2008.11.26 Boosted by kumquats and Chinese food

Written by David Green.


My life often has a one-thing-leads-to-another quality to it. Eventually everything gets done, but it may seem roundabout to those of a Type A persuasion, those with a nose-to-the-grindstone work ethic.

But even when work isn’t involved, even when I’m merely wondering about one thing, I will be led to a second thing and then a third, and on and on until, quite frankly, I don’t recall what the original thing was.

I was at the library sending an email to Marlena Bittner, David Sedaris’ publicist. Tell me you aren’t saying, “Who’s David Sedaris?” If you just said you are, you need to visit the library immediately and check out one of his books. I had asked Bittner if she could arrange a speakerphone chat with Sedaris for a library program.

At the end of my email I tagged on a P.S.: “You aren’t related to my high school English teacher Mrs. Bittner, are you?”

And then I had to stop and think and not click “send.” Bittner. That just didn’t sound quite right. Not enough syllables, maybe? Shoot, only 32 years out of high school and I can’t remember the name of one of my favorite teachers.

I called David at home and asked him to flip though my yearbook and find a teacher with dark hair and big glasses, wearing something black and white polka dotted and sitting on a table.

There were nearly 200 teachers and staff—not counting the fake ones like Lance Romance (Poise and Charm) and Milton Mongoose (Egyptology)—for David to plow through and he couldn’t locate the index.

He passed English teachers Judith Spielholtz and Inge Oppenheimer before getting distracted by names such as Norman Hessel, Waldo Pagani, Felicia Hirata, Cosmo Wenner, Gloria Moskovitz and Stella Trikouros, and then finally saying, “Constance Bitterman.“

“Bitterman!” I shouted.

“No glasses, but she’s wearing big earrings,” David said.

Mrs. Bitterman!

My gosh! How could I have gotten it so wrong? I loved Mrs. Bitterman. She so obviously loved life and wanted to share it with us. She brought us kumquats and invited us to dinner at her house where she served homemade Chinese food.

I loved how she really made us think. She asked insightful questions about all the books she made us read...I’m pretty sure somewhere in the bowels of my basement, I still have those homework assignments.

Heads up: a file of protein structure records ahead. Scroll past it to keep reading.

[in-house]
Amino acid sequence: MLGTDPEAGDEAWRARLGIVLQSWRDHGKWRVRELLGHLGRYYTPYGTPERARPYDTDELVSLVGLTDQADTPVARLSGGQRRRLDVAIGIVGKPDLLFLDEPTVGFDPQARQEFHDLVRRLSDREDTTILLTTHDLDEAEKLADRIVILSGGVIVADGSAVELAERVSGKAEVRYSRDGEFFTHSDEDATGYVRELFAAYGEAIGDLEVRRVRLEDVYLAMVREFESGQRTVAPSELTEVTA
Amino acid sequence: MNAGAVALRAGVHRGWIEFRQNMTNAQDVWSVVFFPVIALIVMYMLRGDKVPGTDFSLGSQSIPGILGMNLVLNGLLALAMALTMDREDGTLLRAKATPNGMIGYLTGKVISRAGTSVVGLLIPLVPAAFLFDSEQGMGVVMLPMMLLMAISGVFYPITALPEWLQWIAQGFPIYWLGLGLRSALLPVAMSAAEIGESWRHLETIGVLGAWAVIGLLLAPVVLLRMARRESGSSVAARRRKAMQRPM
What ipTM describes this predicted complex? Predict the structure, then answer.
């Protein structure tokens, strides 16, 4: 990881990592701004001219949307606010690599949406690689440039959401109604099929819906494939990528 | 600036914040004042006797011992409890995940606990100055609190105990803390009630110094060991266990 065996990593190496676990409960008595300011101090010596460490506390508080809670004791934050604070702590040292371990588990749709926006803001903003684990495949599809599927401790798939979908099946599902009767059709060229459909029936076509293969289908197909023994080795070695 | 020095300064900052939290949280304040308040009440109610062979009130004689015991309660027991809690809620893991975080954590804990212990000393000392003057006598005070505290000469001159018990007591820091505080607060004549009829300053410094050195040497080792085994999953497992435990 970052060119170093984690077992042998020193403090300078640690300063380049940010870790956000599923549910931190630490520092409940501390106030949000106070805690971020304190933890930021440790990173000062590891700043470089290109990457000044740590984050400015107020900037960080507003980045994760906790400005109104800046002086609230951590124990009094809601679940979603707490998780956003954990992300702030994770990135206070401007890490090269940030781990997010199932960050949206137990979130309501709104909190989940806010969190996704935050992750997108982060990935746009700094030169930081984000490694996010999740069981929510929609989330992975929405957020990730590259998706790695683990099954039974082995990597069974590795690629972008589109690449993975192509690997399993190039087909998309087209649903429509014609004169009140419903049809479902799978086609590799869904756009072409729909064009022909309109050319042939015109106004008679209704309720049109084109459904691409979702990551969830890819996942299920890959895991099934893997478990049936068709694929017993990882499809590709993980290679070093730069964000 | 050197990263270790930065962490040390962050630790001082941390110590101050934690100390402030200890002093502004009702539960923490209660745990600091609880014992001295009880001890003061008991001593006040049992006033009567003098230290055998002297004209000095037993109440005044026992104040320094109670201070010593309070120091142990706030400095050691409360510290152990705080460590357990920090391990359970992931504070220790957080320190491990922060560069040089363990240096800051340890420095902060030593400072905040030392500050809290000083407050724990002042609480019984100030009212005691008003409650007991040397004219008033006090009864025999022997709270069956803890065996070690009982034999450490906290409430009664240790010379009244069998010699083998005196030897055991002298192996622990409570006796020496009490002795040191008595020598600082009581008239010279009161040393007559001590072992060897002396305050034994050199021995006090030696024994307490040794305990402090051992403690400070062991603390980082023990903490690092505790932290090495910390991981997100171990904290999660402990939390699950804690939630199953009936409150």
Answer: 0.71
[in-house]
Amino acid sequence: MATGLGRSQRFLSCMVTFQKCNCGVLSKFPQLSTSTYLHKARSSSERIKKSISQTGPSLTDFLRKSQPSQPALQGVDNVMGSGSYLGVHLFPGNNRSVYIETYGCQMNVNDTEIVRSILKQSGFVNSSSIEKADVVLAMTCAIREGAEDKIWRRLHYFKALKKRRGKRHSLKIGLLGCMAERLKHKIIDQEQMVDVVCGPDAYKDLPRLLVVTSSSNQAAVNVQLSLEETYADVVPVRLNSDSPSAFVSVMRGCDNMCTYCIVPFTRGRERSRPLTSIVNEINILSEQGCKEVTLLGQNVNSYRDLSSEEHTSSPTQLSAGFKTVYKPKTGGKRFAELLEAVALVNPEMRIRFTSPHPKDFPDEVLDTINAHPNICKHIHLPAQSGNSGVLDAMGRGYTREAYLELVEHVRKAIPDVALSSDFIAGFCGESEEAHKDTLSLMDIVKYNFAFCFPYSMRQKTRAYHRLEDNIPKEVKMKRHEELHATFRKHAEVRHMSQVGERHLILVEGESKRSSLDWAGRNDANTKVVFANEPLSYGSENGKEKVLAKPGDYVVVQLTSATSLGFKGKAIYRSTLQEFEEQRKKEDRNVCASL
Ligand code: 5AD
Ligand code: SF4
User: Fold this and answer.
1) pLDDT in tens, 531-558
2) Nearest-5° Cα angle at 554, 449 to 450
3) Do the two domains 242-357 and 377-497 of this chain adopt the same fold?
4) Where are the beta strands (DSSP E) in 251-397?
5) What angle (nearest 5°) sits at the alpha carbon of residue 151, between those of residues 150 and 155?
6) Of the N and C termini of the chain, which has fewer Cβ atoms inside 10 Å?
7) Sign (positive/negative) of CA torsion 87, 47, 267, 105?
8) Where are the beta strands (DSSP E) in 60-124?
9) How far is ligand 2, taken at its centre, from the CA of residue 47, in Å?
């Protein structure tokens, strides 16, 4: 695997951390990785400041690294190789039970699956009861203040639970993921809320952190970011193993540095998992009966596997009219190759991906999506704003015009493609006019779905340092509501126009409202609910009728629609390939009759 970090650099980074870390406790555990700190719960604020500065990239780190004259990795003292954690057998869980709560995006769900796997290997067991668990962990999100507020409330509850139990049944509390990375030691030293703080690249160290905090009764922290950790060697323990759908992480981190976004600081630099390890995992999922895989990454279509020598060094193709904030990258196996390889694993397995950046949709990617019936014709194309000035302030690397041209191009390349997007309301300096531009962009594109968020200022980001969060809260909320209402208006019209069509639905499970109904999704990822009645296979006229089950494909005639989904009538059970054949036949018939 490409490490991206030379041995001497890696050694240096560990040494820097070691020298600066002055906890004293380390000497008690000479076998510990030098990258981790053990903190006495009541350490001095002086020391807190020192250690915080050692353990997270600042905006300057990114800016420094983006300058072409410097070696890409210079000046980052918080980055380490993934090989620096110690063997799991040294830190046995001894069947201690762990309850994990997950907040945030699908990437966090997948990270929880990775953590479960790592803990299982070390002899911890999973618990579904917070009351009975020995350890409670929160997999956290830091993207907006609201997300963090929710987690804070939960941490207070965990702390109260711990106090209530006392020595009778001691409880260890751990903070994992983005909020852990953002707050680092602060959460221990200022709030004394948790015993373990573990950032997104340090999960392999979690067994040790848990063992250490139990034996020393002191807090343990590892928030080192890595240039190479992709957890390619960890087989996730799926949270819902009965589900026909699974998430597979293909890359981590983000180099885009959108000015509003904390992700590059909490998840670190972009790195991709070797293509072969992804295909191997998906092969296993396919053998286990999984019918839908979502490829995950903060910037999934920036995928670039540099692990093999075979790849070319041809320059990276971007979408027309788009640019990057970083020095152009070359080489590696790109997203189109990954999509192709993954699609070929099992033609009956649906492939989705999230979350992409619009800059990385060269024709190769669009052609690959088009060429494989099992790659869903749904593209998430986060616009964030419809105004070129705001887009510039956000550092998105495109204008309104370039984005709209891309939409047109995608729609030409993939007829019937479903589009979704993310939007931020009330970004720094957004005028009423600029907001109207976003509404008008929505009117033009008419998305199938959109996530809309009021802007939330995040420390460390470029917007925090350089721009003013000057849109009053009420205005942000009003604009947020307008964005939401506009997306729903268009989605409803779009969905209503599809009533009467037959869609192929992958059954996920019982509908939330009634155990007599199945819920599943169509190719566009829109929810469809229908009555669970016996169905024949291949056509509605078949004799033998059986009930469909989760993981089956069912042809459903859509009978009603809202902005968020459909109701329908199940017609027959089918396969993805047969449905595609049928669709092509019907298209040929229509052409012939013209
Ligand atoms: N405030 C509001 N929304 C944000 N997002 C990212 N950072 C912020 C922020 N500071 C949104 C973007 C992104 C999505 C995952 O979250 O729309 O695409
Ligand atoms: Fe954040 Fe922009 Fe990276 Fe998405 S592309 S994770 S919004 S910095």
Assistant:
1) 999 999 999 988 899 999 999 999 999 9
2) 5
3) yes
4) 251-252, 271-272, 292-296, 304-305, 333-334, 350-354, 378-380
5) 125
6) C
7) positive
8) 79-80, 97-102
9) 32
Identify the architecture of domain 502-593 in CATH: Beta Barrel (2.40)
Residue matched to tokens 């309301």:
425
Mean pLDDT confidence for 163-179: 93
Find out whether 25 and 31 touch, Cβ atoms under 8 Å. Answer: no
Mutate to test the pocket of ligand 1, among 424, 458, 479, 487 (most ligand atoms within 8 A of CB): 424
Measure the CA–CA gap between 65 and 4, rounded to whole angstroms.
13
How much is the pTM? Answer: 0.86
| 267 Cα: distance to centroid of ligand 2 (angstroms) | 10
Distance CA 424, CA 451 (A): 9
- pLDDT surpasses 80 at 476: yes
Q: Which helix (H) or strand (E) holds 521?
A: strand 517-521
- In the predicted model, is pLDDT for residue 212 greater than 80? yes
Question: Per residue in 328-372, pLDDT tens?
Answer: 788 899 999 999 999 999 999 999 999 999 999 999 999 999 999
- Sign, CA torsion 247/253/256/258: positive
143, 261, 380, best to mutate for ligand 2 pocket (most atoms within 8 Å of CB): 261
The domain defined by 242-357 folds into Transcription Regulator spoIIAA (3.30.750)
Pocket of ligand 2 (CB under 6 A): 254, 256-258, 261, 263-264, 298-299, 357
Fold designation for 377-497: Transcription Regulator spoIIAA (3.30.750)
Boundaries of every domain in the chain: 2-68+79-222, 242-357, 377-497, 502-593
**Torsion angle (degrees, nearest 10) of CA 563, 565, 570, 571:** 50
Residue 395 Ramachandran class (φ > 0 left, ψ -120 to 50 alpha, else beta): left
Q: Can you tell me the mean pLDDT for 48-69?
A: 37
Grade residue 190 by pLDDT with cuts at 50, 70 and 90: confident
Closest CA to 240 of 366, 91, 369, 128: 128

So, I came home and looked through my yearbook where my browsing took me past a page with my all-time favorite teacher, Mr. Weiss.

What ever happened to Mr. Weiss? I wondered. Mr. Weiss would respond, “No, I don’t know,” every time one of us used the meaningless expression, “You know.”

Wondering about Mr. Weiss led me to the John Bowne High School website where I clicked a link to an alumni site. I started registering and when asked about the clubs I belonged to, I dipped back into my yearbook where I landed on the last pages—with the booster ads in tiny print.

These are not your normal booster ads—line ads of praise or encouragement for the graduates. Sure, there is an occasional “Best wishes to all grads—R. Grossman” and “Shalom Aleichem—Peace on you.”

And there’s a useful quote every now and then: “Never insult an alligator until you’ve crossed the river,” but for the most part, the booster ads are private jokes (“I’m sorry I had to throw you Tony, but it’s better than getting shot) sprinkled with prophesy (“The Yankees will rise again!”).

I read more closely to see if I could find an ad I might have written. I recognized one immediately: One that, I suppose you could say, falls into both the private joke and prophesy categories.

We were upstate New York at a dude ranch for our senior trip and a group of us was sitting around a table in a commons area about to play cards. A fellow student smoking a cigarette walked toward the table as if he wanted to join the game.

Looking back on that scene now, it made me wonder, Where were the chaperones? But back then, I took one look at him and said, “Put out your cigarette if you want to smoke here.”

I paid one dollar to commemorate that moment in a booster ad; I still think it’s great advice—far better than my other gem that night.

The afore-mentioned group was having a hard time deciding which card game to play next.

“Oh, just deal the cards and then we’ll decide!” I said impatiently.

Hmm, sounds like I had a little Type A in me after all.

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  • Front.hose Testing
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